BMW’s operating profits from its core car business fell more than expected in the first quarter, weighed on by discounting in some European markets and technology costs.
Earnings before interest and tax (EBIT) plunged 15.9 percent to 1.58 billion euros ($ 2.1 billion), BMW said, short of the average forecast given by analysts of 1.6 billion euros, while the operating margin dropped to 9.9 percent from 11.6 percent as car sales slipped 1.6 percent to 15.91 billion euros.
“The business environment we’re operating in is becoming ever more uncertain and volatile,” Chief Executive Norbert Reithofer said, ruling out a recovery in the short term in European demand.
However, the Munich-based company reaffirmed its aim of pushing total vehicle sales this year to a new record. It also still aims to match last year’s record group pretax profit and achieve an operating margin of between 8 and 10 percent in automotive operations.
German luxury brands such as BMW, Volkswagen’s Audi and Mercedes have fared better in the economic downturn than their European mass-market rivals such as Peugeot.
BMW said net prices for its cars in the first three months of the year fell by more than the 0.5 to 1.0 percentage points projected for 2013, as manufacturers in Europe battle the slump with ever deeper discounts.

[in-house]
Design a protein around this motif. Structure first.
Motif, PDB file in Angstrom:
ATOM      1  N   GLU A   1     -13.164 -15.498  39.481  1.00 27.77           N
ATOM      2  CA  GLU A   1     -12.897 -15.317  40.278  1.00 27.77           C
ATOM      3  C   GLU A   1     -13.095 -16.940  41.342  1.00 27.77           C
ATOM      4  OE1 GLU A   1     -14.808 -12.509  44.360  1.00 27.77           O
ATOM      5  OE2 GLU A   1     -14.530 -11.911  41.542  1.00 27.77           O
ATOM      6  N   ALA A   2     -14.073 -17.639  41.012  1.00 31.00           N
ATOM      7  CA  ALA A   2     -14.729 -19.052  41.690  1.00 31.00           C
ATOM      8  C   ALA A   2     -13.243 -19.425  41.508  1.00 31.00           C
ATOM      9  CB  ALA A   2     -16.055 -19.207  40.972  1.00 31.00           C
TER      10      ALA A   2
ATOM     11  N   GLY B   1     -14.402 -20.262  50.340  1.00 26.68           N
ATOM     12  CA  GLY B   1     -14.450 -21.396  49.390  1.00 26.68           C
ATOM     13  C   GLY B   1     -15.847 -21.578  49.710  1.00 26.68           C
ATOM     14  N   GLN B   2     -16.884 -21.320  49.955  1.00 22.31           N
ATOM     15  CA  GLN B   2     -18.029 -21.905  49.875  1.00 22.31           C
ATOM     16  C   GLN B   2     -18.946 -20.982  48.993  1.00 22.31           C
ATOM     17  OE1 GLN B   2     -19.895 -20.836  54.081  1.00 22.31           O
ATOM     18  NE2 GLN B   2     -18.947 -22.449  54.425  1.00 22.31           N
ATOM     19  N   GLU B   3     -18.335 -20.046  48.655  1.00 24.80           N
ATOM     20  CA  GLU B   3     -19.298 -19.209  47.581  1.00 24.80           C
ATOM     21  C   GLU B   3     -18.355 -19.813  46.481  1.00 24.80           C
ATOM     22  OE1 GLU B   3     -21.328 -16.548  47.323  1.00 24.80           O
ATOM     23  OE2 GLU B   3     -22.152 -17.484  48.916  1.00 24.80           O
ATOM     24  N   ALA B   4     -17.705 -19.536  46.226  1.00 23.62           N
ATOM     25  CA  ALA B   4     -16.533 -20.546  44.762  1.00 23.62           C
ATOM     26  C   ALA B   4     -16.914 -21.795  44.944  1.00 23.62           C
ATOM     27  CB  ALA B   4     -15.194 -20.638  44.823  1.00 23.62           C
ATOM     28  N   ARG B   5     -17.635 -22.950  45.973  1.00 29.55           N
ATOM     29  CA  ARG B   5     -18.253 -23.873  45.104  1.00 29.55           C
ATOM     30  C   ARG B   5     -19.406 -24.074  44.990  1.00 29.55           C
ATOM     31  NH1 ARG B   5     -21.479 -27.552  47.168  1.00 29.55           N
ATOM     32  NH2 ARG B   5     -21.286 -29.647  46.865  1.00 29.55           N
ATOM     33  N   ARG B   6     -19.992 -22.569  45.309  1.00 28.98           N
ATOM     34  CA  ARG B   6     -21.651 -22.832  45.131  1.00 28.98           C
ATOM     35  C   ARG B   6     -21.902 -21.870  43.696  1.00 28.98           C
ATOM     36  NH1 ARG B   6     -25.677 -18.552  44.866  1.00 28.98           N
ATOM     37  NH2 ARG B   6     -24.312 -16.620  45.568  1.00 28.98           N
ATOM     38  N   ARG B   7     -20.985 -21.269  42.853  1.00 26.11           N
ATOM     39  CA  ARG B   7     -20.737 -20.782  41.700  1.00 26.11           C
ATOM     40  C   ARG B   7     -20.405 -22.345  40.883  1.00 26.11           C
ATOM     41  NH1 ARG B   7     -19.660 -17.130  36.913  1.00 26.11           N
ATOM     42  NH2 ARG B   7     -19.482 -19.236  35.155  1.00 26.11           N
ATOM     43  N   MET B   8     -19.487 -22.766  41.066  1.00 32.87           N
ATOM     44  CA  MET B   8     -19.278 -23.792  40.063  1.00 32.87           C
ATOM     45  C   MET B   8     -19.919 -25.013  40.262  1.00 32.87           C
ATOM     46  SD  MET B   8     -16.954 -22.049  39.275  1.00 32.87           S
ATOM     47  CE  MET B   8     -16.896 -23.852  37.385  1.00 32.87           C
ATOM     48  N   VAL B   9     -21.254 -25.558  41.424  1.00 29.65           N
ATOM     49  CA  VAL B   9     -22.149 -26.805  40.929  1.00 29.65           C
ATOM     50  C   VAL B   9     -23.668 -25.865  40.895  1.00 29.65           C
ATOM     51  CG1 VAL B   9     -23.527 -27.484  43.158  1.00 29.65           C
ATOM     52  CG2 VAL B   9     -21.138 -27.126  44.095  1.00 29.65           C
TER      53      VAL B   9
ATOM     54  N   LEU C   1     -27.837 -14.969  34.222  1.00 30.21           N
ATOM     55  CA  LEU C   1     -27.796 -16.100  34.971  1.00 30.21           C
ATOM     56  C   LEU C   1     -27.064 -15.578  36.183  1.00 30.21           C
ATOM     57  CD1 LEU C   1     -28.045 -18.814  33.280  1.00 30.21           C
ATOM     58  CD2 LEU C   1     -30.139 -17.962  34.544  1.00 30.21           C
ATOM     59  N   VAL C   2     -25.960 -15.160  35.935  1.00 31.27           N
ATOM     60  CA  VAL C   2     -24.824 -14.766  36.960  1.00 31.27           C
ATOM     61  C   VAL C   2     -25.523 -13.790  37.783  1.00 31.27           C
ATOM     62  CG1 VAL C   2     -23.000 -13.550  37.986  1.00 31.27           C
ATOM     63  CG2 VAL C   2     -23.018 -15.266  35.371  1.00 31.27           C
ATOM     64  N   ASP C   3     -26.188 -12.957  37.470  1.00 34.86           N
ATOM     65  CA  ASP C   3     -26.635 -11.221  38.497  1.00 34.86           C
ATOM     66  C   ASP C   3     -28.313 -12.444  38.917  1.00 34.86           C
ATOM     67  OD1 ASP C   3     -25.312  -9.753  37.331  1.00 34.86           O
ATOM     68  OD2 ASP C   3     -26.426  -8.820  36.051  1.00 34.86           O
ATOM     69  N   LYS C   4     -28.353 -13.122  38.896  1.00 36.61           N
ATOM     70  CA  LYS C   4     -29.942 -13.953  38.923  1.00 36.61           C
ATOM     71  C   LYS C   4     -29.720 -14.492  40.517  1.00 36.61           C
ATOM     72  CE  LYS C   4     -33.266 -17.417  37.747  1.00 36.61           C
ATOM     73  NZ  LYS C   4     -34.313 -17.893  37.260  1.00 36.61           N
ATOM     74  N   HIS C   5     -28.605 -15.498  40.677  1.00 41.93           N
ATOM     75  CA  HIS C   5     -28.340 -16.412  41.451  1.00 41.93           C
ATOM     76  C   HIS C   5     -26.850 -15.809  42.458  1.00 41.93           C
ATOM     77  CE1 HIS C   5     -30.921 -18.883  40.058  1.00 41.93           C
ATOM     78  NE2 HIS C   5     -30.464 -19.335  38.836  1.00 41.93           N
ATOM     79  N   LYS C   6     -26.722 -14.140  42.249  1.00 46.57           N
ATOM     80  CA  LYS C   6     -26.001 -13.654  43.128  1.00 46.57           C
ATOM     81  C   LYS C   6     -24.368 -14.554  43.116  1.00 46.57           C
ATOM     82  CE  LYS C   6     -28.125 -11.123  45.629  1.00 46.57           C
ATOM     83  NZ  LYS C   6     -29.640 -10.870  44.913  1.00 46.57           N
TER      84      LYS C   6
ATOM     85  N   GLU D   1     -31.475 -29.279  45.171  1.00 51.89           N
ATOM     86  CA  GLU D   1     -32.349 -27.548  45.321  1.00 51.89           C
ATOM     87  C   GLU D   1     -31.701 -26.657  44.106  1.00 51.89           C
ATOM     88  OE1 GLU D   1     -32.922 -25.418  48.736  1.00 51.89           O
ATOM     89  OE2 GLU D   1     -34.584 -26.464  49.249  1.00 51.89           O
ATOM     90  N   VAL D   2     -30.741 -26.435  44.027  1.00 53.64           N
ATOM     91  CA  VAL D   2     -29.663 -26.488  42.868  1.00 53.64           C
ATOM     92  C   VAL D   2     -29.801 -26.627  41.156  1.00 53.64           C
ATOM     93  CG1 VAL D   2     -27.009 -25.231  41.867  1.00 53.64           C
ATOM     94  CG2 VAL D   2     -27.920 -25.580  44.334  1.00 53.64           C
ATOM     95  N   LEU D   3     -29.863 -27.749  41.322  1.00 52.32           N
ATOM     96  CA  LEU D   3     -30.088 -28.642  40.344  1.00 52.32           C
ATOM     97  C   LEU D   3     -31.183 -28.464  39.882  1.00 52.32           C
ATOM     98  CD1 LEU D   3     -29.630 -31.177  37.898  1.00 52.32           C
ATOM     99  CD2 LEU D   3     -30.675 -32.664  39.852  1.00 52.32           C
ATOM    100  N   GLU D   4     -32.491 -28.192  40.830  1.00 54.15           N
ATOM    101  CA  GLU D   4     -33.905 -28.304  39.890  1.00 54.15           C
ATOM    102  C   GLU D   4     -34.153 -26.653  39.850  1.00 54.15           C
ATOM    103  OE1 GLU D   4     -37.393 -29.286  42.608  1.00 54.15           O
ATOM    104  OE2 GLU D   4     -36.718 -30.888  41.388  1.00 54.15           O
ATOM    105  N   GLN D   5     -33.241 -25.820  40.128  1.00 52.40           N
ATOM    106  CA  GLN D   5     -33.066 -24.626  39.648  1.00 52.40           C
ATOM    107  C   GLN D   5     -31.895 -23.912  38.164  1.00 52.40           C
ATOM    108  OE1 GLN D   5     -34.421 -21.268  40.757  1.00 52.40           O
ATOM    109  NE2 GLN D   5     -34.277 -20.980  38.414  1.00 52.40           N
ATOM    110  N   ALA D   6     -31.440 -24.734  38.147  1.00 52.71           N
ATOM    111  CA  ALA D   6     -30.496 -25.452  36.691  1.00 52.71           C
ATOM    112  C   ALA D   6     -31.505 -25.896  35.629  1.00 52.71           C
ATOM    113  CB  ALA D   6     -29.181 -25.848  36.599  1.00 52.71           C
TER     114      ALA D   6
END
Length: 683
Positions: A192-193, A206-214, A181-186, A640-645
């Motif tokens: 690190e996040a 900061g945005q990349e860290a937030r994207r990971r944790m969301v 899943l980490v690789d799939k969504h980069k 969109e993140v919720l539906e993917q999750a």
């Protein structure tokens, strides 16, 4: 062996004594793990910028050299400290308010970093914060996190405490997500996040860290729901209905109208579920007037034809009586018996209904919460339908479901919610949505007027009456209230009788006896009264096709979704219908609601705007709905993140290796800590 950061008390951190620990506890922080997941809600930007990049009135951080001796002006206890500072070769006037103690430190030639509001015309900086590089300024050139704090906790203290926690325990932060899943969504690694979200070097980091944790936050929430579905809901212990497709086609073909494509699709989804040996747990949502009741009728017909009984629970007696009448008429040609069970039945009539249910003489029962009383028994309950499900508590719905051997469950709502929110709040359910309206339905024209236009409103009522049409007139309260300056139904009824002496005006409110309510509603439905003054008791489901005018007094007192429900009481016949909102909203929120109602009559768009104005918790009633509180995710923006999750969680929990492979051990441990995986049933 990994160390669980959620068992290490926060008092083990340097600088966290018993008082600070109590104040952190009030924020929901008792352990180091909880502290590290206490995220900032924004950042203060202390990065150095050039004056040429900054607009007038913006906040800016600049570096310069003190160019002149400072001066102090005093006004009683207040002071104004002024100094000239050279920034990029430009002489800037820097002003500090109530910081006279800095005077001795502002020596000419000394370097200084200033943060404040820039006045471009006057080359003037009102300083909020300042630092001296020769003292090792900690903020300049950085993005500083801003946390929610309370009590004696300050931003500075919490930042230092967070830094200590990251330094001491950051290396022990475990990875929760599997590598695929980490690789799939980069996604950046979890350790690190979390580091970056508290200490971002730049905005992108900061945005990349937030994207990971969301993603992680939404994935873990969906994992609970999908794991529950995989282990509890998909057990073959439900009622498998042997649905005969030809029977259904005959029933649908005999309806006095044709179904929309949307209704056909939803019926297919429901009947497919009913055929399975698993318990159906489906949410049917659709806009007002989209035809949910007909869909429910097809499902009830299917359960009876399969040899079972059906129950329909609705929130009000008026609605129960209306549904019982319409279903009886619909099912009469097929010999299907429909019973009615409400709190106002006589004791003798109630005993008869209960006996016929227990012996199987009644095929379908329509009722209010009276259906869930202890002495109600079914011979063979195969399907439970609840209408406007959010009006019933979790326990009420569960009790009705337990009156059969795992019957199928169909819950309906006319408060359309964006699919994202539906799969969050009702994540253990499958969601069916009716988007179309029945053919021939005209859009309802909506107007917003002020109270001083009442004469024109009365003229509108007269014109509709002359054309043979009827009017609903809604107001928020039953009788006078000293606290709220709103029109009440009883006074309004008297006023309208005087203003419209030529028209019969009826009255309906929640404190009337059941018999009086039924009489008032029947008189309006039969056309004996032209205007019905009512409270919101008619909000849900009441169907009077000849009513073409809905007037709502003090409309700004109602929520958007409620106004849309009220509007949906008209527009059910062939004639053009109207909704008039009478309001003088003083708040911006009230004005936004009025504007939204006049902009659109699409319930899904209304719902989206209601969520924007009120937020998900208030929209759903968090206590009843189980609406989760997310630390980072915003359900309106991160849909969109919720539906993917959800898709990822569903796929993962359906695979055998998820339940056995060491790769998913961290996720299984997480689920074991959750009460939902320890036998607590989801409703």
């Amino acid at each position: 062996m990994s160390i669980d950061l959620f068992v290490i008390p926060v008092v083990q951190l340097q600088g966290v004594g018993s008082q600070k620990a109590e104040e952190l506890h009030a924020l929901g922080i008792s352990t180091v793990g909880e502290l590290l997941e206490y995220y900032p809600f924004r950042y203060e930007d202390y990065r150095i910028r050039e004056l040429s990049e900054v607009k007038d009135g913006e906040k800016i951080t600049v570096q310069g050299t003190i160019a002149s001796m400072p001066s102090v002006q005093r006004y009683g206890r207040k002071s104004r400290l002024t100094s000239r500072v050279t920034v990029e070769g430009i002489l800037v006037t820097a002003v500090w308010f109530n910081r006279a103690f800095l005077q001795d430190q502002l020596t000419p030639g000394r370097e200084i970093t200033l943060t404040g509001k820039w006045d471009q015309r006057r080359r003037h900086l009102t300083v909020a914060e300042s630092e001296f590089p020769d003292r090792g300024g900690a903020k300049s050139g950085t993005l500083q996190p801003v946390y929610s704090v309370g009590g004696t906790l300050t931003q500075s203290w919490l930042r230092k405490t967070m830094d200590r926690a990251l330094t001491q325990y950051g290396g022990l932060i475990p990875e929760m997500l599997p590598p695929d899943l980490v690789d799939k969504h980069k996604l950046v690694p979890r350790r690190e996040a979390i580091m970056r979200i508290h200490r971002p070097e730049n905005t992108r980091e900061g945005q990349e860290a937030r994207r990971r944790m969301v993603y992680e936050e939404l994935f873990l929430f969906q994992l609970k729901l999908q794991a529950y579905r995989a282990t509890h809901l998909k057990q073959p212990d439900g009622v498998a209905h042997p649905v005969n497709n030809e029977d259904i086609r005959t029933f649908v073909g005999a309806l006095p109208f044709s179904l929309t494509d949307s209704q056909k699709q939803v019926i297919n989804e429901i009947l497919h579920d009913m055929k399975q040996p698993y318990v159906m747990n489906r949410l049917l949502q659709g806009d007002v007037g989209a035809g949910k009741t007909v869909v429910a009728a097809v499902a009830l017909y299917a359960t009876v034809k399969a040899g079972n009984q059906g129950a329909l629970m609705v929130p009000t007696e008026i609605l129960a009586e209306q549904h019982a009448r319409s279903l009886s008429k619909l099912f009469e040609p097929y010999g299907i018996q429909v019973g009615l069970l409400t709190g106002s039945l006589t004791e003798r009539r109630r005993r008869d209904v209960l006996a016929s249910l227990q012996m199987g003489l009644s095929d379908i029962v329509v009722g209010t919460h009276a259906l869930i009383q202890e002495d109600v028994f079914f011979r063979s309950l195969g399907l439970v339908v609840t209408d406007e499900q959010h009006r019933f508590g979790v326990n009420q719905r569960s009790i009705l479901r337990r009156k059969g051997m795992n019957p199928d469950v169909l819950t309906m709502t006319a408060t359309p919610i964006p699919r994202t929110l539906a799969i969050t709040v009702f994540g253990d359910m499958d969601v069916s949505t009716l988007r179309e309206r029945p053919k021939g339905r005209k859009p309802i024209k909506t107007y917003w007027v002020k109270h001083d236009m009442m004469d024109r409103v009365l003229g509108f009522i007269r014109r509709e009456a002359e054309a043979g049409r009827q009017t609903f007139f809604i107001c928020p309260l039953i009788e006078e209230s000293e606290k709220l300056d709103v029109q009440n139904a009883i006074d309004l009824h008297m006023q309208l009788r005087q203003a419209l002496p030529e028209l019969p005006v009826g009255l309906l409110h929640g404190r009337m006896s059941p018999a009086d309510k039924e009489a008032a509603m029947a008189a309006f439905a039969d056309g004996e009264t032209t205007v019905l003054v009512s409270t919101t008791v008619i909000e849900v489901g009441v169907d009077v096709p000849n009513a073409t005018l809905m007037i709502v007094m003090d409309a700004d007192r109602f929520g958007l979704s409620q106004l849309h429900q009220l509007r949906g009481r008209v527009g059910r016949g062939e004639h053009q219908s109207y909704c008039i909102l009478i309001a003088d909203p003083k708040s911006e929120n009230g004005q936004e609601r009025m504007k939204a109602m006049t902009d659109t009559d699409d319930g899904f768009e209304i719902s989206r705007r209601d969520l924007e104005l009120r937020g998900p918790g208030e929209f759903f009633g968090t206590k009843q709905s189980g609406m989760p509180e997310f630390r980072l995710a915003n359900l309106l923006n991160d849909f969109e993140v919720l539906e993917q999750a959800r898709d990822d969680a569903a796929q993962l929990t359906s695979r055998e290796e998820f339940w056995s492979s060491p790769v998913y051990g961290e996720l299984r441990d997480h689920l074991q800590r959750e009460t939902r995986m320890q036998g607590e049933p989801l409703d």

“Pricing trends are of course not positive and, to an extent, are weighing on margins,” Finance Chief Friedrich Eichiner said, without being more specific.
BMW is ramping up its spending on research and development of fuel-efficient technologies as well as new models such as the Megacity electric car, dubbed the i3. Related costs should subside after 2014, the CFO said.
Meanwhile car sales in China may rise by a high single-digit or low double-digit percentage rate this year, BMW reaffirmed, compared with the company’s 40 percent growth in 2012.
First-quarter sales growth in China was held back by declining imports of vehicles such as the flagship 7-Series and X5 and X6 sport-utility vehicles from Germany and the United States, Bernstein analyst Max Warburton said in a note.
In comparison Audi posted a smaller drop in its quarterly operating margin to 11.1 percent from 11.4 percent. Audi, luxury-market leader in China and Europe, is also targeting a range of 8 to 10 percent for 2013.
Mercedes has fallen further behind its German rivals, struggling to match BMW and Audi’s scale and efficiency in smaller cars as well as their success in China. The brand’s first-quarter margin plunged to 3.3 percent from 8.2 percent.
Parent Daimler abandoned its earnings forecast for a second time in six months on April 24 after its quarterly profit plunged by more than 50 percent due to the market malaise in Europe and Chinese distribution problems.
“While we continue to rate BMW as ‘outperform’ and see it as the best of the Germans in 2013, it is hard to see the market getting newly enthused,” Warburton said.
BMW’s shares were up 1.2 percent at 70.92 euros at 1101 GMT, when shares in VW were down 1.3 percent at 151.85 euros and Daimler was off 0.5 percent at 41.805 euros.